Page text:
EXERT FROM APPENDIX 1 from Don Featherstone's Battles With Model Soldiers
(The book that got me started.)

"Nothing in these pages is a dictate, no word says you must or you shall do it this way. On the contrary, the book sets out from the very beginning to stimulate the reader to think for himself, and to use what he has read merely as a foundation for efforts and ideas which reflect his own temperament and character. Only in this way will he obtain maximum satisfaction from the hobby of battling with model soldiers."

-Don Featherstone 1918 - 2013

Saturday, June 3, 2017

Imagineering is hard work

A rainy Saturday? Perfect. Time to let MacDuff out for some exercise, just have to pick a scenario and grab some units. Now, no more Acadia, this will be using my Rosmark troops against...ahh.....hmmmm..uhhh...oh. The planning hasn't got that far yet. Hmmm.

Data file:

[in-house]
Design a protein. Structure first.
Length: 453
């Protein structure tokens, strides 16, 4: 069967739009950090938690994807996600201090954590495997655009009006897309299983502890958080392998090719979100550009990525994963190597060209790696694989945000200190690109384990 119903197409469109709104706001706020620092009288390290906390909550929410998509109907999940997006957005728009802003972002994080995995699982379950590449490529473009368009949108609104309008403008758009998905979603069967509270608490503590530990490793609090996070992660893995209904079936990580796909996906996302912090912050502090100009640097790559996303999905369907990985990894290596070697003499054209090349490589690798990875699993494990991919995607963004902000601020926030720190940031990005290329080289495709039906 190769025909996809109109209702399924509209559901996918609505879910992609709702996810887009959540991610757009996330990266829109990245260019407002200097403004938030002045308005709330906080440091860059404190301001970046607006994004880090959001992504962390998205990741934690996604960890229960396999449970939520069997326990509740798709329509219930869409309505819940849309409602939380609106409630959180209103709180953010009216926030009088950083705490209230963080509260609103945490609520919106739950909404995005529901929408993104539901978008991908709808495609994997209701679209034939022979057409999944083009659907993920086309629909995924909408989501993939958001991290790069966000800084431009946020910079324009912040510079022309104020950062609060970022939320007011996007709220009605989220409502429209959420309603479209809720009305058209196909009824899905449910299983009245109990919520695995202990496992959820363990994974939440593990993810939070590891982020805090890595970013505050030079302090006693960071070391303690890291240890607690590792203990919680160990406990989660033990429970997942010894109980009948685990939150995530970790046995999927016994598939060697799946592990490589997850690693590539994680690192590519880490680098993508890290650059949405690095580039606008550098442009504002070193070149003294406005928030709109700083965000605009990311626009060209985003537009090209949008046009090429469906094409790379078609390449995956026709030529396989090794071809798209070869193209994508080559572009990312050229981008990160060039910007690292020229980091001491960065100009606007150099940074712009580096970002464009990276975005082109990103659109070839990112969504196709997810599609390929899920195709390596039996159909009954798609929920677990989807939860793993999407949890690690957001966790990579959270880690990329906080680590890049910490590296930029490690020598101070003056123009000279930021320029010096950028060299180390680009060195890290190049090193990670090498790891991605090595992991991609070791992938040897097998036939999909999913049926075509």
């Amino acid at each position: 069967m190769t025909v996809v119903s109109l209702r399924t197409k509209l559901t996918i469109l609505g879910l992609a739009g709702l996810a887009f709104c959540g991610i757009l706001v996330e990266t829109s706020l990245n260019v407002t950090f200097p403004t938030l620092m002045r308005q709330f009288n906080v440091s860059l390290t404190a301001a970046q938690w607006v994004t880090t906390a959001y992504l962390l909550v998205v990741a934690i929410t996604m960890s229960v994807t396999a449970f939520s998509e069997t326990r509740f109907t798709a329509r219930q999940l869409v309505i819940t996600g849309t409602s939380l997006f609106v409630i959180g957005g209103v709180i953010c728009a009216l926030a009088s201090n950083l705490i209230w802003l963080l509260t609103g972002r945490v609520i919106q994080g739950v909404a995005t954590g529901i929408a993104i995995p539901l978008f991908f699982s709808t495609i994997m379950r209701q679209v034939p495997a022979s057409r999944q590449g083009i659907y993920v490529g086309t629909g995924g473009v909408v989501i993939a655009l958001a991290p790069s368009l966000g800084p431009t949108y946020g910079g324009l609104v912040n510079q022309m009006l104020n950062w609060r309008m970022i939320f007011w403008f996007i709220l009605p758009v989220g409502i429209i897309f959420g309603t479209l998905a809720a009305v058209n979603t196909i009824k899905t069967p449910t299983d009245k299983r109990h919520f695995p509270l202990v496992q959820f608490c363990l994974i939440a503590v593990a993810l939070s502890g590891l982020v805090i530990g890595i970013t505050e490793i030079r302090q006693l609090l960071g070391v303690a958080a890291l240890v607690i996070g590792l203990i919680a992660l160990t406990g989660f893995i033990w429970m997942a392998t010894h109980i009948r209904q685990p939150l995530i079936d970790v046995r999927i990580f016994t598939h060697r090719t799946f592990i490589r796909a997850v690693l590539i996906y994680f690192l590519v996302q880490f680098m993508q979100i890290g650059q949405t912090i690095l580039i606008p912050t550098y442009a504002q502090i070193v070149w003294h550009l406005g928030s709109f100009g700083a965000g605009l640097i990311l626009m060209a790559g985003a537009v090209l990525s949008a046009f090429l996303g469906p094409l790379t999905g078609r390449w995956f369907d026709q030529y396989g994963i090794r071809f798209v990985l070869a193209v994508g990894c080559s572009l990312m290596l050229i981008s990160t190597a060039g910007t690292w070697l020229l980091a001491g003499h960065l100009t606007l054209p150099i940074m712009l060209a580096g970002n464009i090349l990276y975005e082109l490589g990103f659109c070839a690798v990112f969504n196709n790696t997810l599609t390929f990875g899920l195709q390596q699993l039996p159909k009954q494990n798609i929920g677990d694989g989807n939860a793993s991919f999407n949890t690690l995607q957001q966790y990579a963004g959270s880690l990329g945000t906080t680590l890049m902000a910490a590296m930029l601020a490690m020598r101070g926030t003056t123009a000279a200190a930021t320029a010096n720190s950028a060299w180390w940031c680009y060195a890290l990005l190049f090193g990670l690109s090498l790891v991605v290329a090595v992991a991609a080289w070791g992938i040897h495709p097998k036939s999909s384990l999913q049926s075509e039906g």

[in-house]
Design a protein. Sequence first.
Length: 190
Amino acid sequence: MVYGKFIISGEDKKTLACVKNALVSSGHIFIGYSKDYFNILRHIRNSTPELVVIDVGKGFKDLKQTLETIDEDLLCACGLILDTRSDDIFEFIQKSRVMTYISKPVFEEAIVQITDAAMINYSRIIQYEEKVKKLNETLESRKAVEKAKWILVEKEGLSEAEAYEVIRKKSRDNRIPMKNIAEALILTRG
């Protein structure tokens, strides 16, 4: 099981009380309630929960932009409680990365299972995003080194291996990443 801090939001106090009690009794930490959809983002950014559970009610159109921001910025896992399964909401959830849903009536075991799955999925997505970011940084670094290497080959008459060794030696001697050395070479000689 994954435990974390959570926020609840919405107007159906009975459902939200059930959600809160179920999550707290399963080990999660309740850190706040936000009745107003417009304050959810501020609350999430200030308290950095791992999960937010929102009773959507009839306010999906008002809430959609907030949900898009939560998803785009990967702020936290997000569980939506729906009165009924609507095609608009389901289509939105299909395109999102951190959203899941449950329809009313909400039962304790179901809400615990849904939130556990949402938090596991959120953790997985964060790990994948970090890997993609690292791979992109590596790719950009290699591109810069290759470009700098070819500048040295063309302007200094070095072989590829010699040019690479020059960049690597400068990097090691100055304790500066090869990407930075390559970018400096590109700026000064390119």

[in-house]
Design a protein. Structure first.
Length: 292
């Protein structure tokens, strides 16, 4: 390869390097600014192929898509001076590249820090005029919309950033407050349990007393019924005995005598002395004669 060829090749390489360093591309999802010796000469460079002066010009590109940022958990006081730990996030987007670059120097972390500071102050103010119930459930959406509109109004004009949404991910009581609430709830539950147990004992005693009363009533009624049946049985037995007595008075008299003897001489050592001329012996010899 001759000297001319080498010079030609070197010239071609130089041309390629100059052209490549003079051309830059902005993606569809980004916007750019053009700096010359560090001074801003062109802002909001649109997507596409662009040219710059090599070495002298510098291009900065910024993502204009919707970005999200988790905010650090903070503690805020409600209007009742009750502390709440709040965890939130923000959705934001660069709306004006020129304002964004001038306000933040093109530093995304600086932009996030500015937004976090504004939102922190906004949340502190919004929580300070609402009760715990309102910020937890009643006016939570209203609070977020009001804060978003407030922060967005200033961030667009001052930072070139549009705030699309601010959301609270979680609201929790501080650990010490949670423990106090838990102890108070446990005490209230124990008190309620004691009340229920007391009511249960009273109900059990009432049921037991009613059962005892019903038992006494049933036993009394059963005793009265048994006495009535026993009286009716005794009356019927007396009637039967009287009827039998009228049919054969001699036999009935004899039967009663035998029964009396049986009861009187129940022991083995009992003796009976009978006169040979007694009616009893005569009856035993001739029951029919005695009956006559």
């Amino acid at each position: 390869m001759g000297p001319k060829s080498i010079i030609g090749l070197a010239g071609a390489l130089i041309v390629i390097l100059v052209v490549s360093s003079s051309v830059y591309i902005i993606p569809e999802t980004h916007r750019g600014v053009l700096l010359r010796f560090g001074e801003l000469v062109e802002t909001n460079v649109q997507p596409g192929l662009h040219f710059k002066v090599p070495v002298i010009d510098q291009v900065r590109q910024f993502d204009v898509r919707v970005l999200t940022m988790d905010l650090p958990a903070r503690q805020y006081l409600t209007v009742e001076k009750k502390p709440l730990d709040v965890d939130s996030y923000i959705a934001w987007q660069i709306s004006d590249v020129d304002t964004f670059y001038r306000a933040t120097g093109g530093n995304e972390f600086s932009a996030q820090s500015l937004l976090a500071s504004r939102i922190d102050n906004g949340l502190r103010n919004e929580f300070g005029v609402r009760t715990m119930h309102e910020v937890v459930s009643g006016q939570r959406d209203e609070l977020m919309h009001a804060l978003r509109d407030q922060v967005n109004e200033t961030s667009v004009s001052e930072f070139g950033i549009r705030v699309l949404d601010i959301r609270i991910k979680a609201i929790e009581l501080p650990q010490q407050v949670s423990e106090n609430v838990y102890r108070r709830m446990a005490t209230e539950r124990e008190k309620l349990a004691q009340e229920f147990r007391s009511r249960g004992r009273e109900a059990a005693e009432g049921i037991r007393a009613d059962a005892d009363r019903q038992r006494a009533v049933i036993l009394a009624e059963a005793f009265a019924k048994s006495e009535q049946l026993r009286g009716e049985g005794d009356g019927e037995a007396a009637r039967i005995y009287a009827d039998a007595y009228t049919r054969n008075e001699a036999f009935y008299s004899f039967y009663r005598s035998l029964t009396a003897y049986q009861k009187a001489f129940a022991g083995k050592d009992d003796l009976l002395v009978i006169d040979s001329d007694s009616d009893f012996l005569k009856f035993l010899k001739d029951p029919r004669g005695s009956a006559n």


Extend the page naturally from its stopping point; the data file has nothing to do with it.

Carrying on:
After rejecting various scenarios and since I was tired and fuzzy headed, I decided to nip out to the shed to cast up some of the new PA French and then do some painting instead of playing a game. Once I had enough figures for two MacDuff companies, I started thinking about uniform colours, choice of hat styles and campaign factions. Which side are these going to be on now? Will they be regulars or militia?


Bright Harbour on a June Afternoon.
(What is up with this f@$#@Samsung? I may have to try to teach myself how to use the manual camera settings on it.
)

Wargaming in a known setting is so easy. You've got a selection of units from known opponents,  just plunk 'em down and this little skirmish won't affect known history. But with a not yet defined campaign where you're not even sure who is fighting who let alone what their uniforms are, well that's a different matter. Every skirmish and battle to date has affected and shaped how the backstory has developed and its all on record and so will all future battles.

Some days it does seem as if I like to make life difficult for myself. Keeps it interesting though.